In this volume, one of the greatest medieval historians of our time continues his rich and illuminating enquiry into the lives of twelfth-century women. Georges Duby bases his account here on a twelfth-century genre which commemorated the virtues of noblewomen who had died, and the roles they had played in the history of their lineage. From these genealogical works a vivid picture emerges of the lives these women led, the values they held, and the way in which they were viewed by the priest and knights who wrote about them. The first section outlines the way in which the dead, and the memory and tales of the dead, served to bond noble society in the twelfth century. The second draws on the Gesta, written by Dudo of Saint Quentin, and reflects on what it tells us about the roles ascribed to wives and concubines and women, in war and in power. The third and final section reconstructs women as wives, mothers and widows through the work of Lambert, Priest of Ardres. This book is part of a three-volume work on women in the Middle Ages. It will be of great interest to students and researchers in medieval history, social history and women's history.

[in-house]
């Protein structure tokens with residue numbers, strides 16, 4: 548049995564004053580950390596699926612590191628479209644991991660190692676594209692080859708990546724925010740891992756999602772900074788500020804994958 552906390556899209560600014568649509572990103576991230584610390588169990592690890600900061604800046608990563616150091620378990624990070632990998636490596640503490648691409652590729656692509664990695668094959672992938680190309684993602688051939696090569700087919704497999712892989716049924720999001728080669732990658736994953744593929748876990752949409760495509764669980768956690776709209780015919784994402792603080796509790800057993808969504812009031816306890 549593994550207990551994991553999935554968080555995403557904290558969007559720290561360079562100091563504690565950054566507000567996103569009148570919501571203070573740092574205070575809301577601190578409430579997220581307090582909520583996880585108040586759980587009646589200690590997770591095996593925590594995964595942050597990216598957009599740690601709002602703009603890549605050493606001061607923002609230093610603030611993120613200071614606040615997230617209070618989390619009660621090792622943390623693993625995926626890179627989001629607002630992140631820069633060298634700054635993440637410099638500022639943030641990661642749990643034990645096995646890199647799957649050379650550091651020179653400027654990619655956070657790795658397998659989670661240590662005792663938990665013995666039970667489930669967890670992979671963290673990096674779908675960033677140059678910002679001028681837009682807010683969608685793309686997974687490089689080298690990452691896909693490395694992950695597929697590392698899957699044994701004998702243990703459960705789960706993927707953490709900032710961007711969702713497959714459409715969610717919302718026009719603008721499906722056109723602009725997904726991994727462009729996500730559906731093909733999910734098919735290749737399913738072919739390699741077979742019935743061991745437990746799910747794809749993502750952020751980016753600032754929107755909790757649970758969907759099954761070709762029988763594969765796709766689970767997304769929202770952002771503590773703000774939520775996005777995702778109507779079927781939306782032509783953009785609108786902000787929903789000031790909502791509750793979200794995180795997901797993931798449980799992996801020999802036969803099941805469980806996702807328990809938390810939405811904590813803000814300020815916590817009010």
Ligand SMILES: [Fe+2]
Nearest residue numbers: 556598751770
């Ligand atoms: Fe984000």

Introduction. Part I: Serving the Dead:. 1. The dead with the house. 2. Women and the dead. 3. Writing about the dead. 4. Remembering women. Part II: Wives and concubines: . 1. The genealogy of a eulogy. 2. The trouble with women. 3. Wives. 4. Mistresses. 5. Arlette. Part 3: The Power of Women. 1. The context. 2. The witness. 3. Mother goddesses. 4. The couple. 5. Widows. Genealogies.